I really try not to be that guy.
I really don’t want to be the guy that overreacts to a trade or roster move in the immediate when there are a lot of long-term variables at play. People who do that tend to jump to conclusions based on small sample sizes and swells of emotion over facts. People who do that end up on Old Takes Exposed.
But after just under seven weeks, I’m declaring it. The Quandre Diggs trade is an embarrassment, a disaster, a theft, a bamboozle, and a major strike against not only general manager Bob Quinn, but the entire Lions coaching staff.
First, let’s get some things out of the way. I’m not here pretending Quandre Diggs is suddenly an All-Pro safety. We all tend to overreact to interceptions, and the fact that Diggs notched two picks against the Rams on “Sunday Night Football”—including a pick-six—is not necessarily representative of his overall level of play with the Seattle Seahawks.
A few of his interceptions look to be of the right-place-at-the-right-time variety, not necessarily great breaks on the ball or amazing instinctive plays. His ability to make plays, too, is almost certainly aided by a front seven that can actually generate pressure.
And I’m not even going to make the argument about how trading a defensive captain affected the Lions’ locker room. Darius Slay was obviously very emotional about it, but there have been no signs that Detroit’s young secondary—or anyone else on the team—has given up on this coaching staff or front office.
But the Lions currently find themselves desperate for playmakers on the defensive side of the ball while the Seahawks are benefitting from the addition of one. Since the Quandre Diggs trade, the Lions have two interceptions. Diggs, himself, has three since the trade... and he’s only played in four games. His PFF grade in certainly improved in his four games in Seattle, while Detroit is making every quarterback look like Hall of Famers in Diggs’ absence.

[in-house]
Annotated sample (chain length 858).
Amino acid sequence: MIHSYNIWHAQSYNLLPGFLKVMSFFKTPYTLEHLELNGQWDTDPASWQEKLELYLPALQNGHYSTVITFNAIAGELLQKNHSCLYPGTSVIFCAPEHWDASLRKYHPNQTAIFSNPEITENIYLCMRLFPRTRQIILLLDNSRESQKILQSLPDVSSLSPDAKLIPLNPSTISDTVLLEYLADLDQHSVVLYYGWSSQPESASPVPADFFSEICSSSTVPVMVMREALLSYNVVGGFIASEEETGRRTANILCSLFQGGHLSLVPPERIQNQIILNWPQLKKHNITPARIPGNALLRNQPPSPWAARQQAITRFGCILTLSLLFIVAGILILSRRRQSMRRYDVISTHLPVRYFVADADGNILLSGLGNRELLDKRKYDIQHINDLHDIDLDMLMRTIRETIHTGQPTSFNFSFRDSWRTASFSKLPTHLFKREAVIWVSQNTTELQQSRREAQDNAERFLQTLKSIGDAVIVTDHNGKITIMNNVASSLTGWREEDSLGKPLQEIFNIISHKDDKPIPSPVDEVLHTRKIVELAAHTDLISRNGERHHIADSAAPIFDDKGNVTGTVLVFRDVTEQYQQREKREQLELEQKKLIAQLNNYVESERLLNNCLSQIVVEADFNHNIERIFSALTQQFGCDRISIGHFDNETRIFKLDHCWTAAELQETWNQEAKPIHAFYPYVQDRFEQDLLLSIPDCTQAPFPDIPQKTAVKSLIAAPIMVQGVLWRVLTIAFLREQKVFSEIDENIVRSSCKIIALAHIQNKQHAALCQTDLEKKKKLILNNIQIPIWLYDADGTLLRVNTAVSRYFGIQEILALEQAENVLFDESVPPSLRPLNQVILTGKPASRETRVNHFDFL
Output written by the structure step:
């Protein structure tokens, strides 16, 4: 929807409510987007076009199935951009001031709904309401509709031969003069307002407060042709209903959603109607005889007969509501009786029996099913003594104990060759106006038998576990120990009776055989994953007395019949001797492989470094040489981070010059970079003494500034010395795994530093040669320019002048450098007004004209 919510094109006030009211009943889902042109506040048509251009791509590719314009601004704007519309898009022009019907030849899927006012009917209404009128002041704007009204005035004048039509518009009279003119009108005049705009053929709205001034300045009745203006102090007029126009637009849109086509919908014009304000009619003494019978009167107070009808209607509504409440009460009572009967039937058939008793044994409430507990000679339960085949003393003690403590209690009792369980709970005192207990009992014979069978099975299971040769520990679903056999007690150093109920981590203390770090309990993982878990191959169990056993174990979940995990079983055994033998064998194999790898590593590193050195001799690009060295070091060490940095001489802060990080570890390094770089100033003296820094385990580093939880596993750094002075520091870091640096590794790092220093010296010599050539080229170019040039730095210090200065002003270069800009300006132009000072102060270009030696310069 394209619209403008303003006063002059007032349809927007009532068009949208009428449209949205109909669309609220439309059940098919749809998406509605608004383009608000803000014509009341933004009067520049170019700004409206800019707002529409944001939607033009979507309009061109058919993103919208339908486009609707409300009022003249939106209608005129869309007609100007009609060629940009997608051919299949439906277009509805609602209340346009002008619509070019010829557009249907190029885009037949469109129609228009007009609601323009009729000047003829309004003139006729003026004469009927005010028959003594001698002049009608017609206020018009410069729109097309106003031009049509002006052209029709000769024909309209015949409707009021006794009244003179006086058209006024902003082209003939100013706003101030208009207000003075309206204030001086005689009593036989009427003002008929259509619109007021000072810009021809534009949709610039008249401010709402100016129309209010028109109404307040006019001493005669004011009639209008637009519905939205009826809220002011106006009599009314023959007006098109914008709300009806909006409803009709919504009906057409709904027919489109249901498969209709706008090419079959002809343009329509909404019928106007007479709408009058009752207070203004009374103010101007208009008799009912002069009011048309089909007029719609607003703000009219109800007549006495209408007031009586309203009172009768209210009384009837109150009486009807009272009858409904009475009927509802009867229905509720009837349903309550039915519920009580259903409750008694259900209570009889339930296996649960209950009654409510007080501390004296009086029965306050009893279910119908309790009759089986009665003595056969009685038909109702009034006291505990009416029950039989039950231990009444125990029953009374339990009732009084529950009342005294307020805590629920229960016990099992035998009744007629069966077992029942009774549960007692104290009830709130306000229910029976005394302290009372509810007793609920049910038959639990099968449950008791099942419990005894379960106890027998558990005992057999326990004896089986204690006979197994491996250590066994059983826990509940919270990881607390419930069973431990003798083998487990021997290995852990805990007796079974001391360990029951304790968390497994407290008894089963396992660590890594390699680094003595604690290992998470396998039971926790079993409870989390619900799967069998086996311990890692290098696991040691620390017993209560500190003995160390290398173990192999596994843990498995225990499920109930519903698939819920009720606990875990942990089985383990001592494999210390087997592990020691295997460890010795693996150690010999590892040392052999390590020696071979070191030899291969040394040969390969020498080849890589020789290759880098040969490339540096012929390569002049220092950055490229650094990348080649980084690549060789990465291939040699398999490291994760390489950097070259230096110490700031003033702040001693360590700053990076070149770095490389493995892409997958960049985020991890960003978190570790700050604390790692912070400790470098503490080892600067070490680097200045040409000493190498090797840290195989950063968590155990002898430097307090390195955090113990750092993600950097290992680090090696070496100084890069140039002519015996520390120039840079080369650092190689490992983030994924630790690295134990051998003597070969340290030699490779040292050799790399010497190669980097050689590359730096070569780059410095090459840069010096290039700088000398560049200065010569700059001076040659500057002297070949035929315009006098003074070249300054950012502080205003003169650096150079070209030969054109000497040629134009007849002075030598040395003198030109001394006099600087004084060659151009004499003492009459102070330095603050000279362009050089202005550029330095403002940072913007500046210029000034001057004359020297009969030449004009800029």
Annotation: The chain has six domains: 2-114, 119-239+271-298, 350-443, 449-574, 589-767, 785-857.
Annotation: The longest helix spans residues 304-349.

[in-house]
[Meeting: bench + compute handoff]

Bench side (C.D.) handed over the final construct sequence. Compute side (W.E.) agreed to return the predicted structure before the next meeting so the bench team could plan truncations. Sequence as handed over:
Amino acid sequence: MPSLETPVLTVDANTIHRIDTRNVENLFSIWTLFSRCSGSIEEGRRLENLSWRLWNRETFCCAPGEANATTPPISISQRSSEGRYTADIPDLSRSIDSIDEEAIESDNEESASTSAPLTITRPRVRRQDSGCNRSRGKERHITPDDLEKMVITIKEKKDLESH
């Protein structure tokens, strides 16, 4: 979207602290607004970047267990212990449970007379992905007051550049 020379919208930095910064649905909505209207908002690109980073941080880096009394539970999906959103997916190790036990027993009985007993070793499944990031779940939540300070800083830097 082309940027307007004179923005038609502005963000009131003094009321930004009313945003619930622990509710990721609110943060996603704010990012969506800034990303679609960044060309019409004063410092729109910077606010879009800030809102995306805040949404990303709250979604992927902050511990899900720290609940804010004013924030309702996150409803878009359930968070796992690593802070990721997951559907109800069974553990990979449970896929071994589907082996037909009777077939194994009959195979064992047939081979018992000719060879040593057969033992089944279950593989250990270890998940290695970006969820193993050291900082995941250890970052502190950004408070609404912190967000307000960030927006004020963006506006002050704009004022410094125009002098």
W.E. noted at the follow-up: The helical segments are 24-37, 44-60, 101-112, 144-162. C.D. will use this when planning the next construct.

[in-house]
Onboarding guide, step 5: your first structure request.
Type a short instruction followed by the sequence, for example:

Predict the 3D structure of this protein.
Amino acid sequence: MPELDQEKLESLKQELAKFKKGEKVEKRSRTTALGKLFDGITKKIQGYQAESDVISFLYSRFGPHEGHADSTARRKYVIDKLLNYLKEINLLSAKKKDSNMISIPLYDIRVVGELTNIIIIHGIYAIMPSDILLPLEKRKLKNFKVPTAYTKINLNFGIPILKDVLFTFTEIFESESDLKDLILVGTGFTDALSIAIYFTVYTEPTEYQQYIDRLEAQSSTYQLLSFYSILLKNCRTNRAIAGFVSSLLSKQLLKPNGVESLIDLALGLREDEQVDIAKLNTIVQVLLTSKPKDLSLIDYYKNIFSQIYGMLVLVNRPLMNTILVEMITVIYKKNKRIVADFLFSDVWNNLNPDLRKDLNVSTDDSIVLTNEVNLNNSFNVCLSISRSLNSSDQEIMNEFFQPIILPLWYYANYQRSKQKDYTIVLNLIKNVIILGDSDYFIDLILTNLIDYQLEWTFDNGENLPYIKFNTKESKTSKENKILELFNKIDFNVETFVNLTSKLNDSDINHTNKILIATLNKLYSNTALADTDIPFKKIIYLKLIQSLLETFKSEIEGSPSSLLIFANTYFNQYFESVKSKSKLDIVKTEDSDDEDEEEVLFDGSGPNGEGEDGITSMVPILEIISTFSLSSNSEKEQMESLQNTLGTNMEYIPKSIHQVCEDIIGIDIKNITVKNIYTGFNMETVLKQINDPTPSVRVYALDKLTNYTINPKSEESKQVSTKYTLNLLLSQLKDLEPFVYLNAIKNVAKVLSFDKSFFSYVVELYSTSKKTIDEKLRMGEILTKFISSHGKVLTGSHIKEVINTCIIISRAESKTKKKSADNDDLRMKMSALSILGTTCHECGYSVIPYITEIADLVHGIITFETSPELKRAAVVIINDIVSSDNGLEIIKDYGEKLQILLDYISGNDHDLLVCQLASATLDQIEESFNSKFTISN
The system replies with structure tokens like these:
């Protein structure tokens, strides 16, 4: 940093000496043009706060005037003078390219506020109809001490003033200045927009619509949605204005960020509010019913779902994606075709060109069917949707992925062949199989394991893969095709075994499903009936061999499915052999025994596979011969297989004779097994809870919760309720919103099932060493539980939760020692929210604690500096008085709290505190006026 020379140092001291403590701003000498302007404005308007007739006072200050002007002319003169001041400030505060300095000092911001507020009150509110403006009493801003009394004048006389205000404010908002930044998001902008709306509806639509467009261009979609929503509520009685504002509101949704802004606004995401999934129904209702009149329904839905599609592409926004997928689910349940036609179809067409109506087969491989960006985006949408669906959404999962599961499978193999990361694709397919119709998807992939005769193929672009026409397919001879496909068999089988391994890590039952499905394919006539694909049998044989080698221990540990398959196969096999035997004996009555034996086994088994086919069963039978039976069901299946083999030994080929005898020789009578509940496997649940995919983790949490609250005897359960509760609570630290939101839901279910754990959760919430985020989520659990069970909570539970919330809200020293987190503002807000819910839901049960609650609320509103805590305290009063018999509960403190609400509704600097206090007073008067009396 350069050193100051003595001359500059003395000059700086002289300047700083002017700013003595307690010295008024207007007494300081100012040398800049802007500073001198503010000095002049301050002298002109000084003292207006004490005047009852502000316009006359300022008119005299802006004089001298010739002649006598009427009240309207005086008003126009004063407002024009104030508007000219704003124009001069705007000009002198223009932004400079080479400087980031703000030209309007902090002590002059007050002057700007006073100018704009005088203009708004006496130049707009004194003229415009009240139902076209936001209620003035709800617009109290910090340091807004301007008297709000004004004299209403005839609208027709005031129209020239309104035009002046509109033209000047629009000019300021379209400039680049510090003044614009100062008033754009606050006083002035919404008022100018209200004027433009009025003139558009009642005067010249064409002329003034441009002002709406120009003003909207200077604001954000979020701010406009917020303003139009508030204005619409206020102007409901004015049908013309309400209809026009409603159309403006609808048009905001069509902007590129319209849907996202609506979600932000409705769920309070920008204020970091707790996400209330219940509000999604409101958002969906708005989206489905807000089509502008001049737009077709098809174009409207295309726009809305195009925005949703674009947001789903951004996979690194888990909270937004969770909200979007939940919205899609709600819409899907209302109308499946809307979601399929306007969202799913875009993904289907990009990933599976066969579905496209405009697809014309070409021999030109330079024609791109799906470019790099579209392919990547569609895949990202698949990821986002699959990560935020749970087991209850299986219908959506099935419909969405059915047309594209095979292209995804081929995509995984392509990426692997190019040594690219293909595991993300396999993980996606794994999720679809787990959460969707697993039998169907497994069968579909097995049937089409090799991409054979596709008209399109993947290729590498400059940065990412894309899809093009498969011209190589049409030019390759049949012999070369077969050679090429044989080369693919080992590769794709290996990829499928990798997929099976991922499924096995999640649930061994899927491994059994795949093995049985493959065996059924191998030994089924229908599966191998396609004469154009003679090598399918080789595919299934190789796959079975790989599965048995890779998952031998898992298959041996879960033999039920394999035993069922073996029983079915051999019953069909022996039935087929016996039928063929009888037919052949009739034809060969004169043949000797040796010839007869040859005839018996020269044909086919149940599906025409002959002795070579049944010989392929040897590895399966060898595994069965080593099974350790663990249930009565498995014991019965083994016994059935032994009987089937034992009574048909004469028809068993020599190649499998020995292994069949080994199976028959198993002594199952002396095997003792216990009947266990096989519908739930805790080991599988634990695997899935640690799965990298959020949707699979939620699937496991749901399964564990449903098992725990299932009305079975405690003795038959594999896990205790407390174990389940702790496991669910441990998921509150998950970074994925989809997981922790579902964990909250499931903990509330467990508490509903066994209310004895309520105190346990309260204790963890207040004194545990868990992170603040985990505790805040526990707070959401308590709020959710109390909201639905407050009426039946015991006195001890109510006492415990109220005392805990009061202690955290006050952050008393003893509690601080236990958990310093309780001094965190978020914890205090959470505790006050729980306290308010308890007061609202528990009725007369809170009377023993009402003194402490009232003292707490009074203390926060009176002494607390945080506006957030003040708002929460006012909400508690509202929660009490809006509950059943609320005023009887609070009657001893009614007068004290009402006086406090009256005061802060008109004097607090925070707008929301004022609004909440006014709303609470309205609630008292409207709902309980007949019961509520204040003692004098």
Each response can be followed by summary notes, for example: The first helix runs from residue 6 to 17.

Quandre Diggs has talent. He’s not even 27 years old yet, and he’s making plays at a rapid pace in Seattle. Just look at the kind of things people in Seattle are saying about him. He’s already drawn comparisons to Earl Thomas, he’s improving the players around him. Hell, one analyst even called the acquisition of Diggs as the single reason the Seahawks are contenders. While that last one is certainly some hyperbole, here’s what Seahawks head coach Pete Carroll is saying about him.
“I’ve always just kept track of (Diggs) because I thought he was a rare player in what he was willing to try to do,” Carroll said. “Some guys play by the book and they’re really conservative. He’s not.”
The Lions gave that up to move up 40-some spots in the final day of the draft.
Detroit has still not offered an adequate reason for why they traded Diggs. In his post-trade press conference, head coach Matt Patricia glossed over Diggs’ contributions both as a leader and a playmaker, and decided, instead, to spew coach-speak to rationalize the trade.
“There are certainly things that we try to do to help the team get better in the long run for us, and certainly in a situation where we think moving forward hopefully, we have some players that can still help us, even if we do make a move like we did,” Patricia said back in October.
Lions general manager Bob Quinn has remained silent, and we probably won’t get an explanation until his season-ending press conference in the new year.
The growing feeling is that Diggs and the Lions staff were at odds. The signs are everywhere, if you’re looking for them. Diggs thanked everyone in Detroit during his exit—except for the coaches and management. Diggs told the media his trade was likely a move to control the locker room. His brother, Quentin Jammer, tweeted this right after the trade, and Diggs seemed to endorse it:
If you’re trying to protect your young, impressionable secondary room, and Diggs is a threatening disturbance, trading him would make sense. But how did we get to this point where Diggs was such a bad influence? Just weeks prior, his teammates thought he was such a positive influence that he deserved to wear the title of captain. Over his previous four years with the Lions, Diggs had built a reputation as a hard worker who played with a chip on his shoulder and an instinctive football mind. Suddenly, he turned into a diva on the levels of Odell Beckham Jr. or Josh Norman?
I’m not buying it. Instead, this reflects poorly on the coaching staff. It’s their job to get the best out of their players—both as leaders and as players. If Diggs, who for the first four years of his career was nothing but a perfect example of a team player and a blossoming playmaker, suddenly was on the decline, that is fully on the coaching staff, and the Seahawks are making that clearer as every Sunday passes.